Project: Propagation behaviour of peripheral amyloid-beta towards brain structures: effects of the blood-brain barrier

Acronym PROP-AD (Reference Number: 28)
Duration 01/01/2017 - 31/12/2019
Project Topic (1) Scientific abstract of the project Protein aggregation strongly depends on amino acid sequence and overall folding behaviour. In the light of Creutzfeld-Jacob disease (CJD) it has been discussed whether or not similar folding and aggregation mechanisms are found in other neurodegenerative diseases without being infectious but transmissible as CJD. Amyloidoses are a group of proteopathies in the peripheral organs and the central nervous system with specific aggregation behaviour leading to beta-sheeted aggregates of specific proteins, which can be stained using Congo Red dye. By definition these aggregates show bi-fringence in polarised light, and only then they are called amyloidoses. During the recent years it has been discussed whether β-sheeted species can serve a folding matrix and also to propagate disease-related, misfolded/misaggregated proteins. In the proposed project, we plan to analyse how specifically-labelled proteins/amyloids can reach the brain from the periphery (peritoneum, spleen, gut/intestinal lymph nodes) using MS isotope tags.Special emphasis lies thereby on recently discovered clearance mechanisms. We will utilize a set of new mouse models with functional abrogation at the blood-brain barrier (humanized ABC transporter, TGFβ1 knockout, and LRP1 knockout mice) and isotope-labelled amyloids to detect the spatial and temporal distribution behaviour of peripherally injected amyloid-β (Aβ). Using innovative technologies, including focused laser capture dissection linked to mass spectrometry and mass spectrometry imaging, and isotope mass-labelling we will be able to detect routes of propagation of peripheral Aβ towards the brain. Additionally, we are interested to decipher sequence variants of Aβ with enhanced or reduced propagation propensity. We assume that the results of this project will have broad impact on the understanding of the propagation behaviour of peripheral amyloids and will help to assess whether there is a common risk for the population by peripherally spreading or administered amyloids to advance towards the brain. We can directly transfer our findings to the patient’s situation in providing kinetics data of periphery to brain propagation of Aβ, its dependency in transmembrane transport and possible routes of interference for therapeutic purposes. (2) The projects relevance for the aims of the call The call ‘Advanced experimental models of neurodegenerative diseases’ focusses on the creation of novel mouse models that may help to understand and predict disease. We plan to generate new models that are abrogated in one or more transport mechanisms at the blood-brain barrier to decipher the precise route of peripheral Aβ towards the brain. At the present time, it is not clear now how Aβ propagates towards the brain. Even do direct evidence was found to address the questions whether peripheral Aβ leads to a matrix-like folding mechanism in the brain at all. First proof from Mathias Jucker’s group at the Hertie-Institute Tübingen/Germany showed indirect evidence. We want to use newly developed techniques in combining new mouse models and mass-specific labelling of Aβ. The experiments will enable us to gather highly relevant information for the pathogenesis of neurodegenerative diseases, especially for sporadic disease entities. We will gather insights into genetic heterogeneity, the characterization of progressive neurodegeneration and protein aggregate deposition/propagation; we will use novel innovative molecular imaging techniques and hopefully gain a deeper understanding of proteotoxicity mechanisms. The newly developed mouse models can also be used to investigate other neurodegenerative diseases with protein/peptide aggregates and brain deposition.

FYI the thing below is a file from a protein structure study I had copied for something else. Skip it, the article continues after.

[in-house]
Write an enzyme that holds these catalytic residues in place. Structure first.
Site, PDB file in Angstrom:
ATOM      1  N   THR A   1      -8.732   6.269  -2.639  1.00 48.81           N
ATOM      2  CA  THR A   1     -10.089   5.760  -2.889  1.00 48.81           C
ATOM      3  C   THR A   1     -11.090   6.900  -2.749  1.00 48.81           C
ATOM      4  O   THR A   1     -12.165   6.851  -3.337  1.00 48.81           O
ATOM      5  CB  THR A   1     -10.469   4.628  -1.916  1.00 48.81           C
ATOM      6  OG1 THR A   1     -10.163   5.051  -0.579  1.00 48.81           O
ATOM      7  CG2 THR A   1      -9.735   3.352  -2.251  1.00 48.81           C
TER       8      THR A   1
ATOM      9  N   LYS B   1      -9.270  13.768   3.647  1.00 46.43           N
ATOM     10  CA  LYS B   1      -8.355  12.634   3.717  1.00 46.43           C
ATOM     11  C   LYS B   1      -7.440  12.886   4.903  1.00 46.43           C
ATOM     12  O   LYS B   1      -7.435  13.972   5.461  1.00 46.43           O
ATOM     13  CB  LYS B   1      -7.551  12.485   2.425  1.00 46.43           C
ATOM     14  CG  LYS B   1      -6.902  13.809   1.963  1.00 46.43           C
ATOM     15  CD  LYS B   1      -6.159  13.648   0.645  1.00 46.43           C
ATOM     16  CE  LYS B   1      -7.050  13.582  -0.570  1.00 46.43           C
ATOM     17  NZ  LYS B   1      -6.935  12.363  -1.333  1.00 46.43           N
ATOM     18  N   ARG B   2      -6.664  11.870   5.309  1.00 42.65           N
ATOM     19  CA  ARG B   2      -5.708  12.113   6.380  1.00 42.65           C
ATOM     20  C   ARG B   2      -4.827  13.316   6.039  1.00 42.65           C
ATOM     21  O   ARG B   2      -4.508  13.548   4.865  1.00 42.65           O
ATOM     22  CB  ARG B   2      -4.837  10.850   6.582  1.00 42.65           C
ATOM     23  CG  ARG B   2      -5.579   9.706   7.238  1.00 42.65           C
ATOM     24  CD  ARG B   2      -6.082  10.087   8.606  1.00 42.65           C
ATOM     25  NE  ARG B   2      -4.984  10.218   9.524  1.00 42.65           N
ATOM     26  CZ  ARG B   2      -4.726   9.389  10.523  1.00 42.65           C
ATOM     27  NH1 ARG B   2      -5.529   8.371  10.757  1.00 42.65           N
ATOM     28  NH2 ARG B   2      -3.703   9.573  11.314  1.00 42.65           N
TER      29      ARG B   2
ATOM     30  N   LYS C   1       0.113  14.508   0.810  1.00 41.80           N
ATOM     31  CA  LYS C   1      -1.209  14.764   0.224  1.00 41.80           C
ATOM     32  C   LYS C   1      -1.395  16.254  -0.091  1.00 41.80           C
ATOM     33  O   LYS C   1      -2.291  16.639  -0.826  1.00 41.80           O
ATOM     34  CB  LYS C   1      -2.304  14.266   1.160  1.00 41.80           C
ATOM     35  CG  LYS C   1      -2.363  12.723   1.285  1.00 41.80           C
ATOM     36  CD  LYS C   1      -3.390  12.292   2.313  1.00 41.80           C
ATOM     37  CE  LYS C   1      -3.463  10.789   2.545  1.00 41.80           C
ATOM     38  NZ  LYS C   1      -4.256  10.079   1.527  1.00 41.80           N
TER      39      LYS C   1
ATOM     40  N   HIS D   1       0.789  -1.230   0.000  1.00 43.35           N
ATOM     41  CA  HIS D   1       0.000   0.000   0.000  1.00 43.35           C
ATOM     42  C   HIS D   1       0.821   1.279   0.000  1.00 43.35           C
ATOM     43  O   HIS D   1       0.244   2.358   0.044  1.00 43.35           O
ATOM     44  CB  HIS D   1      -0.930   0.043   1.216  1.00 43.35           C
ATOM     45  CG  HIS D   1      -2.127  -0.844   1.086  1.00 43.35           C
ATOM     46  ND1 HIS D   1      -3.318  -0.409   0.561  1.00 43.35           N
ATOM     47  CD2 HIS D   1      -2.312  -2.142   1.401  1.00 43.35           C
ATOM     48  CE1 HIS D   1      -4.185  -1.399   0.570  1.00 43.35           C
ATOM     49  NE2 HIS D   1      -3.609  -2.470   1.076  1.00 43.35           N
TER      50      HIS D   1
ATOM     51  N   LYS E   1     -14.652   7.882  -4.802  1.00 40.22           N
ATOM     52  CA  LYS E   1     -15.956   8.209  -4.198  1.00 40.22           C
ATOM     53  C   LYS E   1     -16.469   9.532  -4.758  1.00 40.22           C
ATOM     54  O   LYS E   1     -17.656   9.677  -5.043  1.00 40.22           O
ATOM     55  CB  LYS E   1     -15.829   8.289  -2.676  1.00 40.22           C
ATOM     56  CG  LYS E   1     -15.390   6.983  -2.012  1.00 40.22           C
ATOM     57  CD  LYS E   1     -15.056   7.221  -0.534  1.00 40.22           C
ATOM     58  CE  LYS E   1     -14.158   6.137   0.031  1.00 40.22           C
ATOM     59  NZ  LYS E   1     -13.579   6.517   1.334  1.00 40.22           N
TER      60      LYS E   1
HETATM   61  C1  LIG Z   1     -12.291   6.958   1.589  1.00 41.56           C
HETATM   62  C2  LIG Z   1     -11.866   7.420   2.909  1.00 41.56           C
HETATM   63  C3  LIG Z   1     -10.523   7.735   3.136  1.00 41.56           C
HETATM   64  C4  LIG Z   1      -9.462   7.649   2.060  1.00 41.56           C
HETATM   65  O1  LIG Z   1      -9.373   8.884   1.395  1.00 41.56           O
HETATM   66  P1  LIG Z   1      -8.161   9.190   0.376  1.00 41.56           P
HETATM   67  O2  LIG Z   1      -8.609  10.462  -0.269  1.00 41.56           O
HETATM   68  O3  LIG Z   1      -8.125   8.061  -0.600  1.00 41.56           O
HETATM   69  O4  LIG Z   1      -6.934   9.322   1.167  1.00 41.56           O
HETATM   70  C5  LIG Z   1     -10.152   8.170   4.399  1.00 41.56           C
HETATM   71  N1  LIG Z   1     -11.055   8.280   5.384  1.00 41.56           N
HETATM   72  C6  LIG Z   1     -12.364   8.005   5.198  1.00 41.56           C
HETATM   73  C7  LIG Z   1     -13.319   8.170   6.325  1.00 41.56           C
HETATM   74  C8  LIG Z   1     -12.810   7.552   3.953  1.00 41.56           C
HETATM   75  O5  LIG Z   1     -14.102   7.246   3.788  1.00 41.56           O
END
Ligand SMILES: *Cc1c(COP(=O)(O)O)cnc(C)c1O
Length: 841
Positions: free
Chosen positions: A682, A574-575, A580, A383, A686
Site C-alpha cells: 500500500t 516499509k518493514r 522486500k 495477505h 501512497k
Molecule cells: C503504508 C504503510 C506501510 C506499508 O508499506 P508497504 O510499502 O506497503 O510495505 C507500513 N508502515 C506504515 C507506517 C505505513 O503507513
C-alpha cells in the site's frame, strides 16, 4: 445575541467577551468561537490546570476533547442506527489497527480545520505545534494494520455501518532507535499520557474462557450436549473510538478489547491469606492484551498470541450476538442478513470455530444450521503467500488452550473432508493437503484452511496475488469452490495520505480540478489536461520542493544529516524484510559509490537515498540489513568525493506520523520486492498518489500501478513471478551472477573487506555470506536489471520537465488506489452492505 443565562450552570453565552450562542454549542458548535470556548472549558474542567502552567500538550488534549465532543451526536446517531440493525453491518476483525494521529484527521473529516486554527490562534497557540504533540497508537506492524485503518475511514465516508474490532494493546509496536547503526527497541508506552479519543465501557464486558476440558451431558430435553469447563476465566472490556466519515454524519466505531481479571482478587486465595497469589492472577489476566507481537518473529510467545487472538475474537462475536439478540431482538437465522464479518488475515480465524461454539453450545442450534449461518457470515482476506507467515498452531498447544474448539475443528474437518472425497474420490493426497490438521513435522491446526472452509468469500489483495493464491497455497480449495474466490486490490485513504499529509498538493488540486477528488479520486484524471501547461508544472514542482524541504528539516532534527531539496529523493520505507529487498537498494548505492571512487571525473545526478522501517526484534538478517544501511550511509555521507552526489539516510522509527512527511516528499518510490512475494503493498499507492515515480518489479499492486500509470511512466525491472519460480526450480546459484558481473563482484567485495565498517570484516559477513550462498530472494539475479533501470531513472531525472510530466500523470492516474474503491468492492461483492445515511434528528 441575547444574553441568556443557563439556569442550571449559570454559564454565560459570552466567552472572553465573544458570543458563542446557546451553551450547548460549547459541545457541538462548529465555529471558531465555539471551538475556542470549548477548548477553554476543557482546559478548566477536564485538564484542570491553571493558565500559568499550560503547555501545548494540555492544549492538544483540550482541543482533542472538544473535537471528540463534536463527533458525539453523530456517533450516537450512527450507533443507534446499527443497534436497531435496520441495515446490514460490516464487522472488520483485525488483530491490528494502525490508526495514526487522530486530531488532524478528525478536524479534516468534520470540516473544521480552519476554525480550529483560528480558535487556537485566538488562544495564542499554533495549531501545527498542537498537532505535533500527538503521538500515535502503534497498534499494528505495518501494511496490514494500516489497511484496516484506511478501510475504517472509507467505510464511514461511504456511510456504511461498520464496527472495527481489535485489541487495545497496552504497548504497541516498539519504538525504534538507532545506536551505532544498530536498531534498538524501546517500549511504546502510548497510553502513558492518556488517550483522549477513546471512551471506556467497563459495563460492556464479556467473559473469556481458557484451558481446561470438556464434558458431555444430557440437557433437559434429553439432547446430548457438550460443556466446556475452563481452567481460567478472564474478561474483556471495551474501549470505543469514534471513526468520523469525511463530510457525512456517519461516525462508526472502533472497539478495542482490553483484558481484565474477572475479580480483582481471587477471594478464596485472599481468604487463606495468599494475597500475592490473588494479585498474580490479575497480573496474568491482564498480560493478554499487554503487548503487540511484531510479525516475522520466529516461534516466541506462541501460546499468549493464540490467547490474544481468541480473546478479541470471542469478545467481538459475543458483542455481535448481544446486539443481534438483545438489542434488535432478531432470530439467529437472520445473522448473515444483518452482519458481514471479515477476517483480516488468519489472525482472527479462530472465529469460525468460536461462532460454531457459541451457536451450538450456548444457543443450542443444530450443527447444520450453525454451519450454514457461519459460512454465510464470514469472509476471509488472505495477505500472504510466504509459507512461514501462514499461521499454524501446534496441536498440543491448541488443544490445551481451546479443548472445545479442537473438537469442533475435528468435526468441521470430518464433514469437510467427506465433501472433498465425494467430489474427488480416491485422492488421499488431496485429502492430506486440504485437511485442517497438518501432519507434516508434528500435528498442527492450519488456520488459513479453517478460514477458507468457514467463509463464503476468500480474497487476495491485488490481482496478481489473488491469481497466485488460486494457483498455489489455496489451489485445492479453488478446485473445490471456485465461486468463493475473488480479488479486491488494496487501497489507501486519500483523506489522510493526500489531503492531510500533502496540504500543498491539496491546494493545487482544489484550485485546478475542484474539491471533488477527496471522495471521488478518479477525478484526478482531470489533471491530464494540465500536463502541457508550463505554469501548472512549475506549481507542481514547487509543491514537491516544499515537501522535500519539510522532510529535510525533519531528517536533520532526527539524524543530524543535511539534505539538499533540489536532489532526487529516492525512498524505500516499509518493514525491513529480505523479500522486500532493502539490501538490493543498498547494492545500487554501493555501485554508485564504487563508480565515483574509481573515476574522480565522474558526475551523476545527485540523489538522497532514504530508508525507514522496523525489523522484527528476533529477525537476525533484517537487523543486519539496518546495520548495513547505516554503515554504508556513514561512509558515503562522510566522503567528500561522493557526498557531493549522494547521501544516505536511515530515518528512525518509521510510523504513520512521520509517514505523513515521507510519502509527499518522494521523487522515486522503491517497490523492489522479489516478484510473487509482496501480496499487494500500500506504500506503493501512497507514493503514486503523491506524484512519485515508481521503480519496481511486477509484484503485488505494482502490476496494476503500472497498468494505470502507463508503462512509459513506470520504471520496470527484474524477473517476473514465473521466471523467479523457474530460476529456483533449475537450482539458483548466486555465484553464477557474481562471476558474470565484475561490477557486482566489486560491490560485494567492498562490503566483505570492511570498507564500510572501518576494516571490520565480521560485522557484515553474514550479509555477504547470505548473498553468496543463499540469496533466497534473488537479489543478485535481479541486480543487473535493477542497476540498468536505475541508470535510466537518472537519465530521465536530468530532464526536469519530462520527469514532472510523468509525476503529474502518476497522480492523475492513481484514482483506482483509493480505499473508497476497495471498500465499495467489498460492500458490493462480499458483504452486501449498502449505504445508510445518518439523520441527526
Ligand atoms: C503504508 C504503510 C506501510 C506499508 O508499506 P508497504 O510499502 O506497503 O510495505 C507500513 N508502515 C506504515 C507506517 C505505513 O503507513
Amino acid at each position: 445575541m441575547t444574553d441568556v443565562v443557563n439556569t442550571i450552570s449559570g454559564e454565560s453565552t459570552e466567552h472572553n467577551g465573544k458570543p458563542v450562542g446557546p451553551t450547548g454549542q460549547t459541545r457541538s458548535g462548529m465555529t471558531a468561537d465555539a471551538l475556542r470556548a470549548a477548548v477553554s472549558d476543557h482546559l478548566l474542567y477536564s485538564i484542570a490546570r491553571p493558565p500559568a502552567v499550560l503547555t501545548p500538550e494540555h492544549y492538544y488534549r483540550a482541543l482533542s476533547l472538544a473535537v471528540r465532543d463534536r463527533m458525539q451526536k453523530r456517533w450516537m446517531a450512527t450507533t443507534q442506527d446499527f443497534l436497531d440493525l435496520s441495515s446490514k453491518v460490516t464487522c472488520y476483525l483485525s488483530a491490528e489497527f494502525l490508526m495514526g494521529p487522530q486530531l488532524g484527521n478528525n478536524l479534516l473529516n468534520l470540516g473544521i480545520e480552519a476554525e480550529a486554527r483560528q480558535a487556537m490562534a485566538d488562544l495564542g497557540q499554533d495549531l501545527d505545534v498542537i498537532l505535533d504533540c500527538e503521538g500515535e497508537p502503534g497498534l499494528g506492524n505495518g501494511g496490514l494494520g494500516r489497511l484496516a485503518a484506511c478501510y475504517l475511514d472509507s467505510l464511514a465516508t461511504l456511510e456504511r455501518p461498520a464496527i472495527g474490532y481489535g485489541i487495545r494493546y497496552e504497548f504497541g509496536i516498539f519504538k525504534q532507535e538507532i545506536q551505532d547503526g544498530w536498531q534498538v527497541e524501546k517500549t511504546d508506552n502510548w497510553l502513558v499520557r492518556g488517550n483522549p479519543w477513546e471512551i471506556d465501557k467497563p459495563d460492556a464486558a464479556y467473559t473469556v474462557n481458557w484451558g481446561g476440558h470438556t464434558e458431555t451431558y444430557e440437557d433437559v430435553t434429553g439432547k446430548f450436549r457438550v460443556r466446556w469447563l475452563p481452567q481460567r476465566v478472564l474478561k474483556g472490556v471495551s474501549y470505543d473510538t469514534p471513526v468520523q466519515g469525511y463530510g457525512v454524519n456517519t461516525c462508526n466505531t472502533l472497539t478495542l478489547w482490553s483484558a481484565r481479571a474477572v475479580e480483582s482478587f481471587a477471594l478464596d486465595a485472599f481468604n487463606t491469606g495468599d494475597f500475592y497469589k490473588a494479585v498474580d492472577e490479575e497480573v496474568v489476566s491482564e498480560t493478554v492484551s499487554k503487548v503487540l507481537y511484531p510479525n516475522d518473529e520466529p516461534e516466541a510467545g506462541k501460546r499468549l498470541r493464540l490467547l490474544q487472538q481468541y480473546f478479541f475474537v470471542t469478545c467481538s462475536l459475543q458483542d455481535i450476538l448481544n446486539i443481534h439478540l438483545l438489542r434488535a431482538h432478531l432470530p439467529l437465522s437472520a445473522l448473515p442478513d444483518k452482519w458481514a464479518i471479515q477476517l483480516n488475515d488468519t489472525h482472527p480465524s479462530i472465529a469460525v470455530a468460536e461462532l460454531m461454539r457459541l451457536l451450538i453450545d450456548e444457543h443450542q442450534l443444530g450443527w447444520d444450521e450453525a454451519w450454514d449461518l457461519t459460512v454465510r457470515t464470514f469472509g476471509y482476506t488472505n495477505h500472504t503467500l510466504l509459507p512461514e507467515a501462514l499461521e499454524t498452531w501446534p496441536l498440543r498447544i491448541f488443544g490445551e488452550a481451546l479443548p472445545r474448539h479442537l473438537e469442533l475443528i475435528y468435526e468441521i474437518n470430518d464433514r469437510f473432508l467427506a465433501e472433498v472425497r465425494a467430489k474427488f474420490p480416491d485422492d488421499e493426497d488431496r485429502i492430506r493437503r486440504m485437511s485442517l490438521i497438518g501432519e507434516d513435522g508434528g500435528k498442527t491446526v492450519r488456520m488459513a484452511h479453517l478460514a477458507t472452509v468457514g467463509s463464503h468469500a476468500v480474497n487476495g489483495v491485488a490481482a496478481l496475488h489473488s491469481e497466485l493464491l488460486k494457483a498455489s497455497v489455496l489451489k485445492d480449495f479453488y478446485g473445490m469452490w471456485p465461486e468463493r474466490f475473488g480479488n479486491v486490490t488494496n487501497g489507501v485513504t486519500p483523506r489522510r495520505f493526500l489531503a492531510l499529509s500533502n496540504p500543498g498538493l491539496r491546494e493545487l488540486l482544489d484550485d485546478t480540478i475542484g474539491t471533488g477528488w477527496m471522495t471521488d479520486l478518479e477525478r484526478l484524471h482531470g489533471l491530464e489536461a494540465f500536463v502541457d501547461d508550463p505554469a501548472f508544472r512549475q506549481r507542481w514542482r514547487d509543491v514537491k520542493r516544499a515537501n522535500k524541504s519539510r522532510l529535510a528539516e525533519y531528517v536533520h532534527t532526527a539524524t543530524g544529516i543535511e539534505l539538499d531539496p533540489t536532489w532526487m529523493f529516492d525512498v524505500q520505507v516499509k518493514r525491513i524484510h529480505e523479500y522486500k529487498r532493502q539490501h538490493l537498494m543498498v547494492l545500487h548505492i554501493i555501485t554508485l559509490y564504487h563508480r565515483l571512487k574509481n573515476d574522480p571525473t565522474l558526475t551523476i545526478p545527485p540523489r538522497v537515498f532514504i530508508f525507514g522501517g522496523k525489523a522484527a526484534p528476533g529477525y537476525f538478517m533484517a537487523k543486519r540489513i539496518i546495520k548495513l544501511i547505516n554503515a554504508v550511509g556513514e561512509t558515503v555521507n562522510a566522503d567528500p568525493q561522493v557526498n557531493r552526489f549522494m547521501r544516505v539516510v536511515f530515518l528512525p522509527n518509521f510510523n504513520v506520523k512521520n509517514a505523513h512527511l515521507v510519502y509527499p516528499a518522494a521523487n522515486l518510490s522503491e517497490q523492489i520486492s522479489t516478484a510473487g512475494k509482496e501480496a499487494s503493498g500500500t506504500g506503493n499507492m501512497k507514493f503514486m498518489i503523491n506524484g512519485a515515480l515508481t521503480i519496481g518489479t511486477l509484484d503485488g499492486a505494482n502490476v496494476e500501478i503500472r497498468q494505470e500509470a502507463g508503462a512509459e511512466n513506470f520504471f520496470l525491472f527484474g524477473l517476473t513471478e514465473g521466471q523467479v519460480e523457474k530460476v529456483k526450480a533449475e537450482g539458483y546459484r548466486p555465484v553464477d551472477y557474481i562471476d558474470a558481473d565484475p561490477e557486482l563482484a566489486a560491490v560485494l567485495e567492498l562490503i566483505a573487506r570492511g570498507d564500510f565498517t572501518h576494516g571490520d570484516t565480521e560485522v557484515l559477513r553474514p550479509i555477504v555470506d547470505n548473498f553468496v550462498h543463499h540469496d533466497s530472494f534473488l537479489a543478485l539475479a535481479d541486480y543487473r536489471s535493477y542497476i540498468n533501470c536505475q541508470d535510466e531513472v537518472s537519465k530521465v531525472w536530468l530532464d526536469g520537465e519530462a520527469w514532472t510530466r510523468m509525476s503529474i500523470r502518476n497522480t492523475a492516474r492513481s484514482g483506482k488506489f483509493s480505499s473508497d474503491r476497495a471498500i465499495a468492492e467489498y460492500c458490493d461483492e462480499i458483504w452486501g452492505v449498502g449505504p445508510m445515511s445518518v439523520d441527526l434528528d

Network JPco-fuND
Call Neurodegenerative diseases: risk and protective factors, longitudinal cohort approaches and advanced experimental models

Project partner

Number Name Role Country
1 University of Oslo Coordinator Norway
2 University of Mainz Partner Germany
3 University of Tel Aviv Partner Israel
4 Karolinska Institutet Stockholm Partner Sweden
5 University of Helsinki Partner Finland